Review: All the Dead Men by Errick Nunnally

cover of All the Dead Men by Errick NunnallyAll the Dead Men by Errick Nunnally
Twisted Publishing (July 20, 2020)
252 pages; $18 paperback
Reviewed by A.E. Siraki

All the Dead Men is the sequel to Blood for the Sun by Errick Nunnally, both recently re-issued by Haverhill House Publishing. This is a werewolf novel, but it’s unique not only because the protagonist comes from a mixed-race background (he comes from a black father and a mother from the Kainai nation of Saskatchewan in Canada), but also suffers from a condition like Alzheimer’s. The thing that struck me must about Alexander Smith, the protagonist, when we first meet him is the way his scent power works with analysis of clues to solve murders. Trigger warning: those who have issues with harm against children should be aware that Blood for the Sun starts off with it, and it continues in the next book as well.  Continue Reading

Review: In the Garden of Rusting Gods by Patrick Freivald

Cover of In the Garden of Rusting GodsIn the Garden of Rusting Gods by Patrick Freivald
Barking Deer Press (September 2019)
210 pages; $14.95 paperback; $4.95 e-book
Reviewed by A.E. Siraki

Patrick Freivald has released a new short story collection from Barking Deer Press entitled In the Garden of Rusting Gods. An established novelist, Bram Stoker Award-nominee (and, with Andrew Wolter, winner of the Richard Laymon President’s Award in 2015), he writes horror for both young adult and adult audiences alike. His short fiction has mostly tended toward science fiction horror, which he excels at, so for readers wanting their fix, his collection will fit the bill. Continue Reading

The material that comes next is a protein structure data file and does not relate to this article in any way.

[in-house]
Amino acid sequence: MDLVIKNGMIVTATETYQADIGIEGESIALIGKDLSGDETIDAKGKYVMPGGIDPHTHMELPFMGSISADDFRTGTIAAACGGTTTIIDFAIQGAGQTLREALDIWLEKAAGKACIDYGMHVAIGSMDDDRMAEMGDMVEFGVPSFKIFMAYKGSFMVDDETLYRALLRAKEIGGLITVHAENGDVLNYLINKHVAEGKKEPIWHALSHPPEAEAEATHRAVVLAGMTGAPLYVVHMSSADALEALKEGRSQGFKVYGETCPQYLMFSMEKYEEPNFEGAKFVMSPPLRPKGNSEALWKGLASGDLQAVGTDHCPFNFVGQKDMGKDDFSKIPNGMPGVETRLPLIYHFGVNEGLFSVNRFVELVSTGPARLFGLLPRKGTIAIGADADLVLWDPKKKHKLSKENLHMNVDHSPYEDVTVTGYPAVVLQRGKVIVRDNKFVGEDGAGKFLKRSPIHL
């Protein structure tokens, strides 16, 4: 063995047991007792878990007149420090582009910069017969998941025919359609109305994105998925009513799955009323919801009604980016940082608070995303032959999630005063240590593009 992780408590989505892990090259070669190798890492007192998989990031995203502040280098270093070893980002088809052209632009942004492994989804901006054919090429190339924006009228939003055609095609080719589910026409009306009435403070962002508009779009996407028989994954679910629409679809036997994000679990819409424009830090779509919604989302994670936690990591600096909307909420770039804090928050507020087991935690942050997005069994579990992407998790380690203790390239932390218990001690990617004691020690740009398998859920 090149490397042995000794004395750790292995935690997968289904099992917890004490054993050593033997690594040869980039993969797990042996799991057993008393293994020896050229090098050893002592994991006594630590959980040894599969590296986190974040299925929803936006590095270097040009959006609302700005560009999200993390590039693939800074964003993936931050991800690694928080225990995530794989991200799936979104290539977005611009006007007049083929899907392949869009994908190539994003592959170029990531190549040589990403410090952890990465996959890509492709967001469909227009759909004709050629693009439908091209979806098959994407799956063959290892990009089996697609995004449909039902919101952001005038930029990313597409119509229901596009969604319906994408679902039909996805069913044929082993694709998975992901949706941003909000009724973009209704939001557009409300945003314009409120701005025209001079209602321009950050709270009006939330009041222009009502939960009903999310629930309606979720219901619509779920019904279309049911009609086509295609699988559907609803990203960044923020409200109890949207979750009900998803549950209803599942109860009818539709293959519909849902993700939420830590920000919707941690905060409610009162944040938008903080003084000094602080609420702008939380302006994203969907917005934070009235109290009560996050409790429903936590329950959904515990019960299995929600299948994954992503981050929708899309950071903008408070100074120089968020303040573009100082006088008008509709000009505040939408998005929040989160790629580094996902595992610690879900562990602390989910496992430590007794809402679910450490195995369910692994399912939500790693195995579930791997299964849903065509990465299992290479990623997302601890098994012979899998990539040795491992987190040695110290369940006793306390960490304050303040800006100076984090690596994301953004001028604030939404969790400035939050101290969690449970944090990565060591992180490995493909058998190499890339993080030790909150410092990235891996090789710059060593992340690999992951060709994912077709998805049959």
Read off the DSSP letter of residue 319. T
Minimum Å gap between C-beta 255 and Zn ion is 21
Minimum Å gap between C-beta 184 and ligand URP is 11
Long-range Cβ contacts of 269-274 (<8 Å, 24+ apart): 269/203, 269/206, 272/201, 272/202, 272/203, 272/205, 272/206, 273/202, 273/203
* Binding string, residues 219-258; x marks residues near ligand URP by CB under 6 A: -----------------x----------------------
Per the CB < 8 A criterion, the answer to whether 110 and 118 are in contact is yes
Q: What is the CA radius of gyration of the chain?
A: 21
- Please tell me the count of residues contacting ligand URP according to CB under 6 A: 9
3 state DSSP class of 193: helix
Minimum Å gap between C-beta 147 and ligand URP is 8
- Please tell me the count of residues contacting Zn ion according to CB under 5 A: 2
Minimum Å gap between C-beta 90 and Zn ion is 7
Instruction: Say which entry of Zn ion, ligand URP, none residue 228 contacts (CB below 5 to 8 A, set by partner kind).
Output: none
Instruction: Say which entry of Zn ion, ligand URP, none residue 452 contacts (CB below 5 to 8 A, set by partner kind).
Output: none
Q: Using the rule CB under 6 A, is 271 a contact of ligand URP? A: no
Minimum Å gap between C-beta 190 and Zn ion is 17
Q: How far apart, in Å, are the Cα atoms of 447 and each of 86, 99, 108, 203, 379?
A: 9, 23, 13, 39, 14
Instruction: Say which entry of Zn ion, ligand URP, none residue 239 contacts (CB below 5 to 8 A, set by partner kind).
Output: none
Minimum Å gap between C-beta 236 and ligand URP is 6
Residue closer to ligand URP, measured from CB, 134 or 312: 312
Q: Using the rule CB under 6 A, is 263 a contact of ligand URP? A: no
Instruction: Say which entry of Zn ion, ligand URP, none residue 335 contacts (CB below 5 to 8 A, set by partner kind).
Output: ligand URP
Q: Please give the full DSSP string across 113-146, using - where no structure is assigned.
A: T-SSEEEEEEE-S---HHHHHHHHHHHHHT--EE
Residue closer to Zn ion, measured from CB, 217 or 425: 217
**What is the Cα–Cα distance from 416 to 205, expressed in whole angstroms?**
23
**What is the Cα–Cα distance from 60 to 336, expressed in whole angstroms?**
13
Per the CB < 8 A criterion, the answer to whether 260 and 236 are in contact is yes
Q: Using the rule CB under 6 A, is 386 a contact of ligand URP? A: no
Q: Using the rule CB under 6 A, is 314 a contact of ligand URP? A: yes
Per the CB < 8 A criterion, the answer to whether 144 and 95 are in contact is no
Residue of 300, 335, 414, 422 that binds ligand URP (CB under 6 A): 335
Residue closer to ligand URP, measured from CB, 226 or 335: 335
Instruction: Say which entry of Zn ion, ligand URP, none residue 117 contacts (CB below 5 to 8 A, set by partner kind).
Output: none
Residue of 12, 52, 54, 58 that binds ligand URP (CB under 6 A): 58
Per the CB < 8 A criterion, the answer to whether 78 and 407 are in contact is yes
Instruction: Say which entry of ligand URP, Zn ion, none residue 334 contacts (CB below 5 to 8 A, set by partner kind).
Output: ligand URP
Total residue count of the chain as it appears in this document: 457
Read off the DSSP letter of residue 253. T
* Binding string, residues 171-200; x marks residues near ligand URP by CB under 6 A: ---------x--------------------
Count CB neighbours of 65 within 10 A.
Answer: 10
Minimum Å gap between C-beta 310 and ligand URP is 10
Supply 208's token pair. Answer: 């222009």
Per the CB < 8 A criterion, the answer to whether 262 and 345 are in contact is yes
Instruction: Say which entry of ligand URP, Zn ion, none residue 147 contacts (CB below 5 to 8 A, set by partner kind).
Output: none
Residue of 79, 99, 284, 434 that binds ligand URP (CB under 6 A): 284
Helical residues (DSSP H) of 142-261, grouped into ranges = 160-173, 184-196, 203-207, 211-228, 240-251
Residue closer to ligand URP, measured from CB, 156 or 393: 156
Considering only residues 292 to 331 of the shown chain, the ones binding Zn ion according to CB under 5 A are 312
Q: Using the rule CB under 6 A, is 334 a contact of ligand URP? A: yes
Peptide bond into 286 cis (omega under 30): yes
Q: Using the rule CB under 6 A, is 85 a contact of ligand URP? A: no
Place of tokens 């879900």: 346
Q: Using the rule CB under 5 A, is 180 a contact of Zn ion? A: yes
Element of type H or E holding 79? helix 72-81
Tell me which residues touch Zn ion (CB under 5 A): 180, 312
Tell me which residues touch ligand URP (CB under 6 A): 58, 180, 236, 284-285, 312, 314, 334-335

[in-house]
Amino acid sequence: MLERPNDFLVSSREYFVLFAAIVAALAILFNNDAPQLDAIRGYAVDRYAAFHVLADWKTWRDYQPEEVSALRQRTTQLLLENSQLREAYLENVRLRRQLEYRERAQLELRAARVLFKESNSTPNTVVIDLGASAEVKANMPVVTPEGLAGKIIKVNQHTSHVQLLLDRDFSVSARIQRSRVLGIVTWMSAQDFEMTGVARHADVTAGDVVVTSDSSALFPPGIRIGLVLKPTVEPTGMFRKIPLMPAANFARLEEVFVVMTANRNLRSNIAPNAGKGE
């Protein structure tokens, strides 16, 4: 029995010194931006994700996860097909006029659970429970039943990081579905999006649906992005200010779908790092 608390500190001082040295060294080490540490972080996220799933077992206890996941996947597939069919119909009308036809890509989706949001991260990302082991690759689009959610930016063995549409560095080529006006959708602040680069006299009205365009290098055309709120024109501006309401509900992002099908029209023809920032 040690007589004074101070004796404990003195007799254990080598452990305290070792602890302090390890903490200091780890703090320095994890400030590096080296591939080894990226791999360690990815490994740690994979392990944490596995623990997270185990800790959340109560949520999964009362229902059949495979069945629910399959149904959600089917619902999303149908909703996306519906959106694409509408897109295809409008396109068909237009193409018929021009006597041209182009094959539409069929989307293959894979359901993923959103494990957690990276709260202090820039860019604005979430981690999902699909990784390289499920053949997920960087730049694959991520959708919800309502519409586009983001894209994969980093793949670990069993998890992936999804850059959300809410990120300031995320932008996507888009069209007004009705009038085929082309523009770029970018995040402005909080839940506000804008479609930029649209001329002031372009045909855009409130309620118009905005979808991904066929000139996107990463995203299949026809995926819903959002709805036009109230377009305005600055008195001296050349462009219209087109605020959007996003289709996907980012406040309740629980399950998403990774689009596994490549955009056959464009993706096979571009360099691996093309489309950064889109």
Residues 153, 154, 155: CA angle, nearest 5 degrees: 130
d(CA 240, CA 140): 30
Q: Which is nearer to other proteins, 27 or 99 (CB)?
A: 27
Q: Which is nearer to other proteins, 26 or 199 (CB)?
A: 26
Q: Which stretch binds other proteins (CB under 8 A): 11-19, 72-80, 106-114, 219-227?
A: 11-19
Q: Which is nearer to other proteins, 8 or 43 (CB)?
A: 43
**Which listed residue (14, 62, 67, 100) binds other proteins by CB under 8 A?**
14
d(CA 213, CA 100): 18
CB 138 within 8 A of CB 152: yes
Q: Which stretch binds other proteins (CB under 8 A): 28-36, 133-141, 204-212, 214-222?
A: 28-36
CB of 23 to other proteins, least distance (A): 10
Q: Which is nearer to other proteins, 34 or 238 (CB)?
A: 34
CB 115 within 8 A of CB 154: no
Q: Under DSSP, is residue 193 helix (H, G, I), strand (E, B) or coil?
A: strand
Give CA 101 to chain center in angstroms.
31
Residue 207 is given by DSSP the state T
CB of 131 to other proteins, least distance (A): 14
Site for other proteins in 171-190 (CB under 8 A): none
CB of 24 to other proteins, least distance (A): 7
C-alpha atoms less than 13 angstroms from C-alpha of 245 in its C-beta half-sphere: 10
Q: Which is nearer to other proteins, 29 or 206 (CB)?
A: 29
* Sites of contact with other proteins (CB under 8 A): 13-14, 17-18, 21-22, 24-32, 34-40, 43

Review: Hellrider by J.G. Faherty

Hellrider by J.G. Faherty
Flame Tree Press (August 2019)
304 pages; $24.95 hardcover; $10.37 paperback
Reviewed by A.E. Siraki

Eddie Ryder is a reluctant protagonist who owns his departed father Big Eddie’s car garage, but it’s a burden he did not wish for. He used to be a member of a biker gang called the Hell Riders. On top of being repulsive in many ways, they’re also devoted to racism. Eddie still respects most of their code, not out of choice, but out of necessity and survival. Continue Reading